Perhaps some of the British based RChatters can follow up on my thoughts of  Nov 1915 being commencement of compulsory British Passports.   

Fingers crossed

Cheers,  JM   Oops, I should add, I am NSW centric. 

ADD  National Archives of Australia fact sheet re citizenship
 http://www.naa.gov.au/collection/fact-sheets/fs187.aspx
and
http://www.citizenship.gov.au/_pdf/cit_chron_policy_law.pdf
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Offline majm

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Re: Passports in 1888
« Reply #6 on: Wednesday 12 February 14 22:17 GMT (UK) »
Mr Google is quicker than me  ;D  ;D  ;D

https://www.passports.gov.au/Web/HistoryOfPassports/PassportExhibition.aspx


http://www.rootschat.com/links/0y0z/   (There's some history for 'passports' over the centuries ! )


edit to add shrunken link instead of the longer one there originally.


Cheers,  JM

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Offline majm

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Re: Passports in 1888
« Reply #7 on: Wednesday 12 February 14 22:34 GMT (UK) »
From that shrunken link's PDF “Every Assistance and Protection”, from part of one paragraph on page 34 (of 256)

" Britain’s abolition of the passport for travel within the empire in 1826, and the conditions placed on applicants wishing to travel to foreign countries, resulted in the infrequent issuance of British passports the mid to late 19th century. The conditions were that British passports were issued ‘only to individuals known personally to the Secretary for Foreign Affairs, senior members of government, or travellers in the colonies known to the consular staff’, or when identity could be certified by personal knowledge of a member of the upper classes. Salter notes that these stipulations are a reflection of the class system in Britain.50   But it must also be noted that, during this period, the majority leaving Britain were assisted or free immigrants departing for a new life in the settler colonies of the empire, for which there was no requirement to hold a passport. As a consequence, there are few surviving examples held in Australian archives.51 "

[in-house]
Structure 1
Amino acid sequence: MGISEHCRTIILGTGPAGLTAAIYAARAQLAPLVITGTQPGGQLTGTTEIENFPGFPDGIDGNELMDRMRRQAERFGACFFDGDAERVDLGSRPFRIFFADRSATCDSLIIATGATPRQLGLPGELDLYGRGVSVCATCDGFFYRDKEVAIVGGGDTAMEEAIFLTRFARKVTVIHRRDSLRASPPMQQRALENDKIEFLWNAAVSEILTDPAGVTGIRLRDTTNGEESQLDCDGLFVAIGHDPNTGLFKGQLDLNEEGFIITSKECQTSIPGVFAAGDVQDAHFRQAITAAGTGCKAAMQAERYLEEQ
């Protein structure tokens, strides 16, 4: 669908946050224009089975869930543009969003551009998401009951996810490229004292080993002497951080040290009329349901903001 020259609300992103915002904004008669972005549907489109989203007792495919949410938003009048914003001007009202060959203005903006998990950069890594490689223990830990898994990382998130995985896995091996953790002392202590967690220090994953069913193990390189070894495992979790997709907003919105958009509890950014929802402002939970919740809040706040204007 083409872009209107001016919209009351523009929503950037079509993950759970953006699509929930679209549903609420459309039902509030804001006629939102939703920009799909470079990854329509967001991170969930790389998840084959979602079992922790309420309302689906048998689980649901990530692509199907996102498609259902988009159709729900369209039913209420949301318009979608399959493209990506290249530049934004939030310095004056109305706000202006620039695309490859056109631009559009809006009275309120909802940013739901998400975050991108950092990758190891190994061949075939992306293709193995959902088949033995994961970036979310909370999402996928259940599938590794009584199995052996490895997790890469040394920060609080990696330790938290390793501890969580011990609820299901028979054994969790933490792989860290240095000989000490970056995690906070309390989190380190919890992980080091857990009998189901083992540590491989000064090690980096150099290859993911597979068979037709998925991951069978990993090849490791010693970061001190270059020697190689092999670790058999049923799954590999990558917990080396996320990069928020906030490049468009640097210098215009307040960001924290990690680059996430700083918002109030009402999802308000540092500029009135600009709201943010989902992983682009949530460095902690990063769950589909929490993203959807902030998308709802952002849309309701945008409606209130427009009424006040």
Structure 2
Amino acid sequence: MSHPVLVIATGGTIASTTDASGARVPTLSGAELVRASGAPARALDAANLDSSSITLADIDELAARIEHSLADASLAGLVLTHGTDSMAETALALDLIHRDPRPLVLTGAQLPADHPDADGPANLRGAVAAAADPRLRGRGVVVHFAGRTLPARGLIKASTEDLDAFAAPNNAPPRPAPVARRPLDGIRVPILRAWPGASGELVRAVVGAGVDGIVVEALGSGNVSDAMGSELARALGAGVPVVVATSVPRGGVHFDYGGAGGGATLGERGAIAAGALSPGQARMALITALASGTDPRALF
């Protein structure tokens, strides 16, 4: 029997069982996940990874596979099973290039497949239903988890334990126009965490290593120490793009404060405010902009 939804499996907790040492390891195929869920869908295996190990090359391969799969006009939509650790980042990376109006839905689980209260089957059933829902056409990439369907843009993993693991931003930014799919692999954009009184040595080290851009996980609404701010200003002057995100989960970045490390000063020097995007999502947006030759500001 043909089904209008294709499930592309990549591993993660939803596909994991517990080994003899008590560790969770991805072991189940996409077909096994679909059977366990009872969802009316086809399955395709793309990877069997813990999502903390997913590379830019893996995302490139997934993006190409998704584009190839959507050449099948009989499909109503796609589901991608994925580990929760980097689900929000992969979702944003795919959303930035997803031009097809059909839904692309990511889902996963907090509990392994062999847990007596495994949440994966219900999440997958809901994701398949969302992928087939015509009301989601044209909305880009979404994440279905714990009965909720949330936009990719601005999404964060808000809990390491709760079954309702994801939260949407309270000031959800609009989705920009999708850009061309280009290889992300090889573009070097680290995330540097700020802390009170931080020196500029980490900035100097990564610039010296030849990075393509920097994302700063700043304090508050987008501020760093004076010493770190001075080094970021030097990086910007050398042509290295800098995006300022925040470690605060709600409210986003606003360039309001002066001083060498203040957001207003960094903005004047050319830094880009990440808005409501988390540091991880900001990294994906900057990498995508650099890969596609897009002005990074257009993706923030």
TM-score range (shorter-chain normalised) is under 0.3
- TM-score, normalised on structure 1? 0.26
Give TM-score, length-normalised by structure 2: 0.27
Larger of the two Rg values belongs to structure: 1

50 is footnote for : Mark Salter, Rights of Passage: the Passport in International Relations, Lynne Reinner
Publications, Boulder, Colorado, 2003, p. 26.
51 is footnote for :  Radhika Viyas Mongia, ‘Race, Nationality, Mobility: A History of the Passport’, Public Culture, 1999, vol. 11, pt. 3, p. 533, observes that the ‘extensive annual Emigration Proceedings, published by the Emigration Branch of the Government of (British) India from 1871, contain no index entries for the term ‘passport’ for thirty-five years’.
Australian State and National archives and libraries are similarly placed.

Cheers,  JM
The information in my posts is provided for academic and non-commercial research purposes. 
Random Acts of Kindness Given Freely are never Worthless for they are Priceless.
Qui scit et non docet.    Qui docet et non vivit.    Qui nescit et non interrogat.   
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Offline LouiseB12

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Re: Passports in 1888 COMPLETED
« Reply #8 on: Thursday 13 February 14 00:49 GMT (UK) »
Excellent responses.  Thanks very much. 

Regards Louise